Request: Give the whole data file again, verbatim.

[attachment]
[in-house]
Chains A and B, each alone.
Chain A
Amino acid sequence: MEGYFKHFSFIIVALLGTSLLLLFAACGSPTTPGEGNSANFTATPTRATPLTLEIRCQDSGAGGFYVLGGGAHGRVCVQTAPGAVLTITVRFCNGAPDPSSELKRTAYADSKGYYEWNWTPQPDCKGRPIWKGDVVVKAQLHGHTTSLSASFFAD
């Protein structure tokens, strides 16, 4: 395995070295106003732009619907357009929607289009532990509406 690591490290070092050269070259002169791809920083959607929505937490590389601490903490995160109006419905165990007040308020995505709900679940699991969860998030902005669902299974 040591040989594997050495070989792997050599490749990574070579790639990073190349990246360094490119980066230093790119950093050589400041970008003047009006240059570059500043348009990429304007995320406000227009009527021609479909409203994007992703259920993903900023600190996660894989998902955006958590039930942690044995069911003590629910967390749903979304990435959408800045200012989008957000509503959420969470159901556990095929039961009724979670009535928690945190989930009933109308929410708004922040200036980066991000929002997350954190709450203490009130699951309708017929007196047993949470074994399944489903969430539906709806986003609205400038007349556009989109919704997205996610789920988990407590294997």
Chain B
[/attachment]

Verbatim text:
[in-house]
Chains A and B, each alone.
Chain A
Amino acid sequence: MEGYFKHFSFIIVALLGTSLLLLFAACGSPTTPGEGNSANFTATPTRATPLTLEIRCQDSGAGGFYVLGGGAHGRVCVQTAPGAVLTITVRFCNGAPDPSSELKRTAYADSKGYYEWNWTPQPDCKGRPIWKGDVVVKAQLHGHTTSLSASFFAD
């Protein structure tokens, strides 16, 4: 395995070295106003732009619907357009929607289009532990509406 690591490290070092050269070259002169791809920083959607929505937490590389601490903490995160109006419905165990007040308020995505709900679940699991969860998030902005669902299974 040591040989594997050495070989792997050599490749990574070579790639990073190349990246360094490119980066230093790119950093050589400041970008003047009006240059570059500043348009990429304007995320406000227009009527021609479909409203994007992703259920993903900023600190996660894989998902955006958590039930942690044995069911003590629910967390749903979304990435959408800045200012989008957000509503959420969470159901556990095929039961009724979670009535928690945190989930009933109308929410708004922040200036980066991000929002997350954190709450203490009130699951309708017929007196047993949470074994399944489903969430539906709806986003609205400038007349556009989109919704997205996610789920988990407590294997």
Chain B